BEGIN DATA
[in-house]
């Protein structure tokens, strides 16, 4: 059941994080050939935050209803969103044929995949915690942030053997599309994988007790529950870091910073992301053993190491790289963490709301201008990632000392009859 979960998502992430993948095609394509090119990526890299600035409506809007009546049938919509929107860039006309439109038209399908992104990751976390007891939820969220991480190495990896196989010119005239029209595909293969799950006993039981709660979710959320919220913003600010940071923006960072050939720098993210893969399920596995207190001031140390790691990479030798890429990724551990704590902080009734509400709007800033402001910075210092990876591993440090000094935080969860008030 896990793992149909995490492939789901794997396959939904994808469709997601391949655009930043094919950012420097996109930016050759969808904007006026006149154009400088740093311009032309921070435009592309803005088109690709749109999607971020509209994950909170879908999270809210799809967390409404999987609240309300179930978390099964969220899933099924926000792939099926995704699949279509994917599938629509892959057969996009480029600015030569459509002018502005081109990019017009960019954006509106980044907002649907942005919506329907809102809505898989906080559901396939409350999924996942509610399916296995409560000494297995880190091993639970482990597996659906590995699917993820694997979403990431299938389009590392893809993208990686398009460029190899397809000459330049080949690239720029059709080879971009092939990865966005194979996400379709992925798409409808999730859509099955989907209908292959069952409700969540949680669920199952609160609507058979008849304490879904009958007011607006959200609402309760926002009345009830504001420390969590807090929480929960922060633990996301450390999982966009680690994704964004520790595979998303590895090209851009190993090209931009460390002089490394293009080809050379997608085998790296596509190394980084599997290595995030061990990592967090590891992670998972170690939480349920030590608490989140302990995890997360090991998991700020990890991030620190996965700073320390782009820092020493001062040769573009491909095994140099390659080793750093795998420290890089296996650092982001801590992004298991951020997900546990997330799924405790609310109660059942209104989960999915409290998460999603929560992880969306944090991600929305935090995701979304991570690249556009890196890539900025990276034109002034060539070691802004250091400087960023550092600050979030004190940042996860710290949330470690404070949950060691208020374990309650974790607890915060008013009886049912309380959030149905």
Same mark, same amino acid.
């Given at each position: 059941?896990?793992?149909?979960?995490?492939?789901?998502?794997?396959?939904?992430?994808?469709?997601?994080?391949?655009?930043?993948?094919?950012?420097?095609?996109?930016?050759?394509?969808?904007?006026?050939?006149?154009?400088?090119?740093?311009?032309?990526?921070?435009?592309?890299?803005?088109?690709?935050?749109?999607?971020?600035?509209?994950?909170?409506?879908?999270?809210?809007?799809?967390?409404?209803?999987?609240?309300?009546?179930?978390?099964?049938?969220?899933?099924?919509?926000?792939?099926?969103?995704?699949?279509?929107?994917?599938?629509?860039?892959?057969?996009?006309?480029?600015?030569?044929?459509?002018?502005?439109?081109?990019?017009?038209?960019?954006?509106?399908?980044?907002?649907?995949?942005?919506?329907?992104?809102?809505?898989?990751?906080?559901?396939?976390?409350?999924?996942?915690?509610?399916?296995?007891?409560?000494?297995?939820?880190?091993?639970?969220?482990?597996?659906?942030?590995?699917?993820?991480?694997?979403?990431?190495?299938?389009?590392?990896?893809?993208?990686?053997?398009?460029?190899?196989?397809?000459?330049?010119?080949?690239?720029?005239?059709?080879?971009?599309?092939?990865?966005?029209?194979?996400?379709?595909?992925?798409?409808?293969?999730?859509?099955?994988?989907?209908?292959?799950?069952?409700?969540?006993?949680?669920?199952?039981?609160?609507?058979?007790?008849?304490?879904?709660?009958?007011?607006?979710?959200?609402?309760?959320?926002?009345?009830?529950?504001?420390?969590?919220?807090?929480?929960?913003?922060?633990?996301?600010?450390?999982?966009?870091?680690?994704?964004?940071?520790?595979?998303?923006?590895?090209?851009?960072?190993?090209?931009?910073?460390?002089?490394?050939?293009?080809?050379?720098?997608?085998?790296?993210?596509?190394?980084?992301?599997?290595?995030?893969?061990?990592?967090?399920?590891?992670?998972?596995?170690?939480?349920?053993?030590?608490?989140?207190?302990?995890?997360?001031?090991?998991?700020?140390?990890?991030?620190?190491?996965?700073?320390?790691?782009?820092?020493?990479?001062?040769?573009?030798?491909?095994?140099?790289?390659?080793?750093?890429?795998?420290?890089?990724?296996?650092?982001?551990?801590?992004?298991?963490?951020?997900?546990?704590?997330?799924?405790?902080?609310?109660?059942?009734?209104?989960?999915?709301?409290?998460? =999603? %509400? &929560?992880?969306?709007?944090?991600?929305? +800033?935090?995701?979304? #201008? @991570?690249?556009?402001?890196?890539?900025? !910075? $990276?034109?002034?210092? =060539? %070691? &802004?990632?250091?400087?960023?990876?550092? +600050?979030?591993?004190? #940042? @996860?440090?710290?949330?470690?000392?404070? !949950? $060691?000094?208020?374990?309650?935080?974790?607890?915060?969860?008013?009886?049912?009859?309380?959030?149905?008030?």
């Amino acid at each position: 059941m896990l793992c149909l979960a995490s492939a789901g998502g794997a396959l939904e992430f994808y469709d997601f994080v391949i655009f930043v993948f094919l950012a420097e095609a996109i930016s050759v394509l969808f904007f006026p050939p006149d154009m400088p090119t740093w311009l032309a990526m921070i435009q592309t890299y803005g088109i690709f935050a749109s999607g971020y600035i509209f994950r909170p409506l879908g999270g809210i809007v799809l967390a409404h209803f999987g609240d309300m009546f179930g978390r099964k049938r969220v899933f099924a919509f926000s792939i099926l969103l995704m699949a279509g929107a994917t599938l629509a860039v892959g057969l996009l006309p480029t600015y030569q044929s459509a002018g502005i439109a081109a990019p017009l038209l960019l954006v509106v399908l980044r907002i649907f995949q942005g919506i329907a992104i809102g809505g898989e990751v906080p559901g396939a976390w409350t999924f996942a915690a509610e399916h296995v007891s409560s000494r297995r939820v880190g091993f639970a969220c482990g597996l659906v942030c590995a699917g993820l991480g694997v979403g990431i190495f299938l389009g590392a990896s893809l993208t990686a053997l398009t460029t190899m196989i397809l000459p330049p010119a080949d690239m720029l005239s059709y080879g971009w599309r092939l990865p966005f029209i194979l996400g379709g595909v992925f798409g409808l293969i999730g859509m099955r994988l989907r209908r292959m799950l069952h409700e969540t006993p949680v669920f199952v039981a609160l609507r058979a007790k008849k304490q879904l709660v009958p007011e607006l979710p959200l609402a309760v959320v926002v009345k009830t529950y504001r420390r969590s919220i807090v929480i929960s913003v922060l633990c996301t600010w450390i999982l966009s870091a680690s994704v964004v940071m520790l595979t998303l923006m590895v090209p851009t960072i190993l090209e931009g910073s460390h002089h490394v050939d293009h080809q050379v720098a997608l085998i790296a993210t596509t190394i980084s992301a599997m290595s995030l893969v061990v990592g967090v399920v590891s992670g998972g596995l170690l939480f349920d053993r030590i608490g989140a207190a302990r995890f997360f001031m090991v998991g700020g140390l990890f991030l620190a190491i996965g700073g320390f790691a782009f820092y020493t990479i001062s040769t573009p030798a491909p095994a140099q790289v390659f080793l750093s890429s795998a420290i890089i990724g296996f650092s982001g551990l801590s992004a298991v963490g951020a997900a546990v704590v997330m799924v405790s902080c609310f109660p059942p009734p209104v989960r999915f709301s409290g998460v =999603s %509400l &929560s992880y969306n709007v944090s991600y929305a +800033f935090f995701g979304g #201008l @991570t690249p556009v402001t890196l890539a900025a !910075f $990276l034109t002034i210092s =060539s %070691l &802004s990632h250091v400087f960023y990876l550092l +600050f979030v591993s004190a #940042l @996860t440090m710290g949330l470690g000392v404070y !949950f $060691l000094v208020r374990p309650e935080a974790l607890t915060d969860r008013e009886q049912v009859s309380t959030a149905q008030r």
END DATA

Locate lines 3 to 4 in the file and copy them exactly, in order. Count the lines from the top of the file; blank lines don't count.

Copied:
Same mark, same amino acid.
């Given at each position: 059941?896990?793992?149909?979960?995490?492939?789901?998502?794997?396959?939904?992430?994808?469709?997601?994080?391949?655009?930043?993948?094919?950012?420097?095609?996109?930016?050759?394509?969808?904007?006026?050939?006149?154009?400088?090119?740093?311009?032309?990526?921070?435009?592309?890299?803005?088109?690709?935050?749109?999607?971020?600035?509209?994950?909170?409506?879908?999270?809210?809007?799809?967390?409404?209803?999987?609240?309300?009546?179930?978390?099964?049938?969220?899933?099924?919509?926000?792939?099926?969103?995704?699949?279509?929107?994917?599938?629509?860039?892959?057969?996009?006309?480029?600015?030569?044929?459509?002018?502005?439109?081109?990019?017009?038209?960019?954006?509106?399908?980044?907002?649907?995949?942005?919506?329907?992104?809102?809505?898989?990751?906080?559901?396939?976390?409350?999924?996942?915690?509610?399916?296995?007891?409560?000494?297995?939820?880190?091993?639970?969220?482990?597996?659906?942030?590995?699917?993820?991480?694997?979403?990431?190495?299938?389009?590392?990896?893809?993208?990686?053997?398009?460029?190899?196989?397809?000459?330049?010119?080949?690239?720029?005239?059709?080879?971009?599309?092939?990865?966005?029209?194979?996400?379709?595909?992925?798409?409808?293969?999730?859509?099955?994988?989907?209908?292959?799950?069952?409700?969540?006993?949680?669920?199952?039981?609160?609507?058979?007790?008849?304490?879904?709660?009958?007011?607006?979710?959200?609402?309760?959320?926002?009345?009830?529950?504001?420390?969590?919220?807090?929480?929960?913003?922060?633990?996301?600010?450390?999982?966009?870091?680690?994704?964004?940071?520790?595979?998303?923006?590895?090209?851009?960072?190993?090209?931009?910073?460390?002089?490394?050939?293009?080809?050379?720098?997608?085998?790296?993210?596509?190394?980084?992301?599997?290595?995030?893969?061990?990592?967090?399920?590891?992670?998972?596995?170690?939480?349920?053993?030590?608490?989140?207190?302990?995890?997360?001031?090991?998991?700020?140390?990890?991030?620190?190491?996965?700073?320390?790691?782009?820092?020493?990479?001062?040769?573009?030798?491909?095994?140099?790289?390659?080793?750093?890429?795998?420290?890089?990724?296996?650092?982001?551990?801590?992004?298991?963490?951020?997900?546990?704590?997330?799924?405790?902080?609310?109660?059942?009734?209104?989960?999915?709301?409290?998460? =999603? %509400? &929560?992880?969306?709007?944090?991600?929305? +800033?935090?995701?979304? #201008? @991570?690249?556009?402001?890196?890539?900025? !910075? $990276?034109?002034?210092? =060539? %070691? &802004?990632?250091?400087?960023?990876?550092? +600050?979030?591993?004190? #940042? @996860?440090?710290?949330?470690?000392?404070? !949950? $060691?000094?208020?374990?309650?935080?974790?607890?915060?969860?008013?009886?049912?009859?309380?959030?149905?008030?």